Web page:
Shoreditch may not have a tube station any more but it still has tube trains. Well... two tube carriages, to be accurate. As with anything in Shoreditch that stands still for more than two minutes, the two tube carriages we mentioned have been taken over by artistic / media types and now sit above Great Eastern Street like gritty urban guardian angels, keeping a watchful, graffiti-covered eye over the designer / media types going about their Nathan Barley-esque lives below.
This public tranport / creative space crossover, described by icon magazine as an "urban intervention" is the result of furniture designer and "social entrepeneur" Tom Foxcroft trying to find affordable space for small start-up creative businesses, that would make use of existing spaces and materials to keep costs down and reduce waste. Foxcroft bought two tube carriages that were going to be thrown out as scrap by London Underground and had them stuck them on a viaduct over Shoreditch in August this year.
It was apparently extremely cheap to buy the carriages but unbelievably expensive to put them in place. Still, its a curious sight to see these tube carriages zipping along the London streets on a back of a lorry, looking as if grumpy commuters would pour forth from the sliding doors and make their way to phantom escalators whenever they stop at a red light...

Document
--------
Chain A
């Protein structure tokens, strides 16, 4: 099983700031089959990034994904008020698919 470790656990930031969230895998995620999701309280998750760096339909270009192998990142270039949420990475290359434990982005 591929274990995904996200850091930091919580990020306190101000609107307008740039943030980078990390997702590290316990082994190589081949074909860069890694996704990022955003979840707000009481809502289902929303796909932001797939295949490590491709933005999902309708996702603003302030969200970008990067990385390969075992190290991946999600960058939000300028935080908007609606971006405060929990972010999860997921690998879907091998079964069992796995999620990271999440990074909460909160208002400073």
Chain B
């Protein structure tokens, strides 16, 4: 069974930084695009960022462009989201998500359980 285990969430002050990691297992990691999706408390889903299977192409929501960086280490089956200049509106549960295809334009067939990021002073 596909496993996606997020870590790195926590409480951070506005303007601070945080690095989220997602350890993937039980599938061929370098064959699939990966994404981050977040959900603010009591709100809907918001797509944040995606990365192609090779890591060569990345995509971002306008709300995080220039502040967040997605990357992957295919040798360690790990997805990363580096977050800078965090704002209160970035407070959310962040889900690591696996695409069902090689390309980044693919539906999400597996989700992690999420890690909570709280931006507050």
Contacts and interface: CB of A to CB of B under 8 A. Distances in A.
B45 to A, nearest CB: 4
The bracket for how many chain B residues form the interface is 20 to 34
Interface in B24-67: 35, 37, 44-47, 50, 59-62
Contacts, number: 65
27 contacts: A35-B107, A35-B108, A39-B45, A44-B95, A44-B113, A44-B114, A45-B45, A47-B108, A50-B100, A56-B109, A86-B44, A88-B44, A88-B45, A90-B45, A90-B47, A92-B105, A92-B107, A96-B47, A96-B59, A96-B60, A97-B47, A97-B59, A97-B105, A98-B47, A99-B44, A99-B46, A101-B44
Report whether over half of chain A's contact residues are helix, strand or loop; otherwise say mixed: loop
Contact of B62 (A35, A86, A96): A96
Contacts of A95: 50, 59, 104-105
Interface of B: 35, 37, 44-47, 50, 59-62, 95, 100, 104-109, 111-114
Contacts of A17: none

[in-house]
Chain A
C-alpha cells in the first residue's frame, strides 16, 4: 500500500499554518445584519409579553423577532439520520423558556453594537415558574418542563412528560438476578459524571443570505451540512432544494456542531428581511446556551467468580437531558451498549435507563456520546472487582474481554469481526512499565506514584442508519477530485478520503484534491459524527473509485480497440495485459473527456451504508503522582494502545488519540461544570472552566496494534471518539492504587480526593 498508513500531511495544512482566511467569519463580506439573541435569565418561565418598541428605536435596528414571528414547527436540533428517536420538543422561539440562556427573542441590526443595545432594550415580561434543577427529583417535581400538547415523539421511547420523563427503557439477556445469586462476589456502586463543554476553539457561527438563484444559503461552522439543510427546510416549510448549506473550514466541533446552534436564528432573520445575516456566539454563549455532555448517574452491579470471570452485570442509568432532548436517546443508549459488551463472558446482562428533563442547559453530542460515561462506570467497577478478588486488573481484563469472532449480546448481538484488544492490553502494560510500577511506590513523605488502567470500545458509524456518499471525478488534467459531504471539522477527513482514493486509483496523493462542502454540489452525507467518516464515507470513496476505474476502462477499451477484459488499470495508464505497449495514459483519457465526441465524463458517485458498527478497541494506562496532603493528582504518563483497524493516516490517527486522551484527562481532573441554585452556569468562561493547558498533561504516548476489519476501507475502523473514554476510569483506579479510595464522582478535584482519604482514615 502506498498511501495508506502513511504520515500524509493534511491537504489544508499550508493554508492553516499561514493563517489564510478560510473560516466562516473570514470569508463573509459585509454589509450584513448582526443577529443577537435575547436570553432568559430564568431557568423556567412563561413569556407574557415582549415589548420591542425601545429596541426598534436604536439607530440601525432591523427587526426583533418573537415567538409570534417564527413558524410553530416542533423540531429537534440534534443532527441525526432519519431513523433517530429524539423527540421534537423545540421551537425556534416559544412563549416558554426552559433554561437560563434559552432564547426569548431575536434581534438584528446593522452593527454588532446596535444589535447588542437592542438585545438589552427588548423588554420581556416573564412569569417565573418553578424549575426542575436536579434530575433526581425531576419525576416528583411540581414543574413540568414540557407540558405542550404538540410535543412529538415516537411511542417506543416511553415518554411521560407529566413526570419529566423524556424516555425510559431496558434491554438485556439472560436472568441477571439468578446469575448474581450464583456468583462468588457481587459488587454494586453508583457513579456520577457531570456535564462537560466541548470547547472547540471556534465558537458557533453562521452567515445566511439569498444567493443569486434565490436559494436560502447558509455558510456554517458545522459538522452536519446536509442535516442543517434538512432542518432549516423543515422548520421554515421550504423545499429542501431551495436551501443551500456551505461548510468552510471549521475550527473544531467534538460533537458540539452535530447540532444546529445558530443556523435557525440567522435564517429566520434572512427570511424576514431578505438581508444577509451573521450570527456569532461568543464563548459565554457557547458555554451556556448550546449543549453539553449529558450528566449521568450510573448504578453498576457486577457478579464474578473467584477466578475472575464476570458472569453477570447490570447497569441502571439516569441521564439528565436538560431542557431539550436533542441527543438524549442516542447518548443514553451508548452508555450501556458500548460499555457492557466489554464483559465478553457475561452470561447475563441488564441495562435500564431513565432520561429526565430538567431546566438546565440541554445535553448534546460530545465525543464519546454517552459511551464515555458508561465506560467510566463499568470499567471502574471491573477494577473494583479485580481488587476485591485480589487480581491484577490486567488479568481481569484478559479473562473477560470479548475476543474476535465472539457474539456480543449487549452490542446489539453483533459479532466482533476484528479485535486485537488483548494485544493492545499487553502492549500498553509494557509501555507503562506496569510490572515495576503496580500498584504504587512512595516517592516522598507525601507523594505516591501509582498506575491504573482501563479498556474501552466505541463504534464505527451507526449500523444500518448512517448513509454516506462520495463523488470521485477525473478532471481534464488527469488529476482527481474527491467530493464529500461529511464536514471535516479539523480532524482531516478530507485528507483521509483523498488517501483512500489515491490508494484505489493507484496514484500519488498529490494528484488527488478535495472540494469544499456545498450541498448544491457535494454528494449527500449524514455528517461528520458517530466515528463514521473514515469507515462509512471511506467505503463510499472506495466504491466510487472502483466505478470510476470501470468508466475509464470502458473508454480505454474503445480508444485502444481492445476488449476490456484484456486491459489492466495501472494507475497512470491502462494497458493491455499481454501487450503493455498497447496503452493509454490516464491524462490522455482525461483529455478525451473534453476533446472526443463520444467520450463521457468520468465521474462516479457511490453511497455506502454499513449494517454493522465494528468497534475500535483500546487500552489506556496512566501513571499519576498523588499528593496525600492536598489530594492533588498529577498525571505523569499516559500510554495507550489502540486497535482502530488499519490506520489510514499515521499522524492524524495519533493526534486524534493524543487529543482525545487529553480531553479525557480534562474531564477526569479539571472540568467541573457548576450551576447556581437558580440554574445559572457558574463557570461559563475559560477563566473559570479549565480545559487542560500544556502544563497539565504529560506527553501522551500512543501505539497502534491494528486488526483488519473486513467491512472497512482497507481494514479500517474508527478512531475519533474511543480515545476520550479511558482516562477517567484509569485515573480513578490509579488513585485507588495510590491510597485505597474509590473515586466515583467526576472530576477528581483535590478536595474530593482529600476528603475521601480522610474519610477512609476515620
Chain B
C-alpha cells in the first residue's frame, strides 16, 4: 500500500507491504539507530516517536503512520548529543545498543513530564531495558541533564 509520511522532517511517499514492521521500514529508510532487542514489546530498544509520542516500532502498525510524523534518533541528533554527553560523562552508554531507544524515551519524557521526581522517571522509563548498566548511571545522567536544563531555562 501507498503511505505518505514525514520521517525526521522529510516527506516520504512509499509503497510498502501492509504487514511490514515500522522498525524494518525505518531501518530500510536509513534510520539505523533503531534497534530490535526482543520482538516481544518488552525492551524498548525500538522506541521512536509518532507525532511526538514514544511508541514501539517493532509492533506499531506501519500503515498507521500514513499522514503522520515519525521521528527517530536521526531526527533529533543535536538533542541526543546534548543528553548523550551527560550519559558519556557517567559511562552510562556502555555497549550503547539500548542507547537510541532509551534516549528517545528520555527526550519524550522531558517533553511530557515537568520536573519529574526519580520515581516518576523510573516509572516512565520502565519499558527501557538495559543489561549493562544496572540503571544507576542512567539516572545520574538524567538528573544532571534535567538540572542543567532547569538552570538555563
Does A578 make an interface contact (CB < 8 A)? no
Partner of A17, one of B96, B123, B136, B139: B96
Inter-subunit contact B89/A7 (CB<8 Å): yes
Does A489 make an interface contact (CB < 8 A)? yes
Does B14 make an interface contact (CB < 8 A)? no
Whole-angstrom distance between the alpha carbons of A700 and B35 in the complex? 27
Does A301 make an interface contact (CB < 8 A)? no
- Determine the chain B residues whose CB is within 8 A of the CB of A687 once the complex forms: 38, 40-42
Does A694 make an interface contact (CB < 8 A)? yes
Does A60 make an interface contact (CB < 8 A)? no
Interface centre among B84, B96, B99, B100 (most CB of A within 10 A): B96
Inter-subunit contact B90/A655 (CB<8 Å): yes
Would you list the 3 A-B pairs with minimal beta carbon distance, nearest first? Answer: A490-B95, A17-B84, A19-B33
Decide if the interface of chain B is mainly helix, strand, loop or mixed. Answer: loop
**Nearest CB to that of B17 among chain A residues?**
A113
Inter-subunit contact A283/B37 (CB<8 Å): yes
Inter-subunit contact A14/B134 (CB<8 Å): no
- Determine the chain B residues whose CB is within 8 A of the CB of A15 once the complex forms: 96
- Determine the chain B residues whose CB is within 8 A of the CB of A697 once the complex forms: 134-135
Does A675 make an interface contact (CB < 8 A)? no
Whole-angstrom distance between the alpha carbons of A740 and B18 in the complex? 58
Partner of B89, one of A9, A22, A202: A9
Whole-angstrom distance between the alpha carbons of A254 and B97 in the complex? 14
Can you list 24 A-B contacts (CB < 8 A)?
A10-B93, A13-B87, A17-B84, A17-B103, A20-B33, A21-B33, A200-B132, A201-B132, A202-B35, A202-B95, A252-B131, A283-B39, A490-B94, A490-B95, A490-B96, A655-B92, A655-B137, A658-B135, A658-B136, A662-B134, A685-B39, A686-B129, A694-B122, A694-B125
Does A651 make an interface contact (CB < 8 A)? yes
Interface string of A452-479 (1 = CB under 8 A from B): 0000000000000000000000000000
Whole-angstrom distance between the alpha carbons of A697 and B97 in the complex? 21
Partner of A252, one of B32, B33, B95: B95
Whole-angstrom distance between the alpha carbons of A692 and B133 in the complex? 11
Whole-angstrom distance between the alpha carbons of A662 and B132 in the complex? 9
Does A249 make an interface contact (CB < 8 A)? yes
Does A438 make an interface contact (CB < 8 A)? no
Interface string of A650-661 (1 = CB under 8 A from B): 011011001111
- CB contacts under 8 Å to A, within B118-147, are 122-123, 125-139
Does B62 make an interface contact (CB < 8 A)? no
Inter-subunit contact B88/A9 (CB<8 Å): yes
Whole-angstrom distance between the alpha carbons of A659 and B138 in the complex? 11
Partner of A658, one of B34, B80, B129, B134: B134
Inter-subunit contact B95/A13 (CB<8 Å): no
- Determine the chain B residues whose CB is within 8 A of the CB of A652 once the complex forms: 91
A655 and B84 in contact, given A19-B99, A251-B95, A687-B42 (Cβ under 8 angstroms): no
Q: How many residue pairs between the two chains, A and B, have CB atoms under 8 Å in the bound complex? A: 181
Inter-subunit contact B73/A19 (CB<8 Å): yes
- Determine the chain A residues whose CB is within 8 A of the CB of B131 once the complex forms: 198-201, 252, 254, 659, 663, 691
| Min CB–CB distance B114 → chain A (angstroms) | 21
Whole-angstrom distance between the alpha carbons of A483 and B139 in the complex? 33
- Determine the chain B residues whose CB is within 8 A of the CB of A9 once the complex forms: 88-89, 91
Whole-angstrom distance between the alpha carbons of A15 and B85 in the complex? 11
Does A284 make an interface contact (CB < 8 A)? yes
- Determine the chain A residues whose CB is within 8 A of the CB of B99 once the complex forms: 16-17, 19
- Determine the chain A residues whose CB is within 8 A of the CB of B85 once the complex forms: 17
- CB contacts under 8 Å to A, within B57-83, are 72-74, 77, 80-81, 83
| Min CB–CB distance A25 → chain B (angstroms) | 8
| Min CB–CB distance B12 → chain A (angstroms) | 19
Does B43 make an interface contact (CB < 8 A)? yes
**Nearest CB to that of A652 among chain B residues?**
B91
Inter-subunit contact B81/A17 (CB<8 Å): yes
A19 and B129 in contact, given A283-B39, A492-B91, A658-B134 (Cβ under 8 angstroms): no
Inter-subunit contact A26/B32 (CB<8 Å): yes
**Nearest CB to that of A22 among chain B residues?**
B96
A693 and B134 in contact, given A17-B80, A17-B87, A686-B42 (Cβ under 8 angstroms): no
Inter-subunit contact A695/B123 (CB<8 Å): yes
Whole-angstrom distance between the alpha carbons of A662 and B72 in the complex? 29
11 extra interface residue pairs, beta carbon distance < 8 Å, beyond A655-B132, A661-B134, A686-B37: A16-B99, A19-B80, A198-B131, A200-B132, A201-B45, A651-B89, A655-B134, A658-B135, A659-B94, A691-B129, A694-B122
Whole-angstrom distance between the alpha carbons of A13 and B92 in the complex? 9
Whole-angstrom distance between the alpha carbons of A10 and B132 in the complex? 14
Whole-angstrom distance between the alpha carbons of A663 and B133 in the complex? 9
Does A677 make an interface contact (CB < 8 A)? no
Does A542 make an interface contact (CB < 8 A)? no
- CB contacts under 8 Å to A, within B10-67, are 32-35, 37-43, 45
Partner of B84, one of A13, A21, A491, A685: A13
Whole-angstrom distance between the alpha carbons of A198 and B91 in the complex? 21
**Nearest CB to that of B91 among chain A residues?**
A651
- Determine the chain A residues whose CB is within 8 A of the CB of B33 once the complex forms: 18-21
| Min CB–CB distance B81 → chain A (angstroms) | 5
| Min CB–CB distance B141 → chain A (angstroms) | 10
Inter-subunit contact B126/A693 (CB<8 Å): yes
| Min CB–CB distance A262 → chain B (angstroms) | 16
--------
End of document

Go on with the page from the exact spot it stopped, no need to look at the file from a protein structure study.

Refurbishment, plumbing, re-wiring and whatever else it takes to change an old tube carriage into a working studio space been set to finish at the end of this year. The offices of Foxcroft's cultural and creative enterprise Village Underground sits directly beneath the tube carriages and these will be connected by stairs; small start-up creative businesses will have the chance to use the studio space for their work once everything is up and running.
All the seats have been pulled out of the carriages in order to create the prerequisite open plan studio space but the pneumatic sliding doors will be reinstated to keep the spirit of the tube alive - and to make the act of stepping out for a sandwich at lunchtime that little bit more exciting. Considering how high the tube carriages sit above Great Eastern Street, the studio users really must mind the gap when departing their train.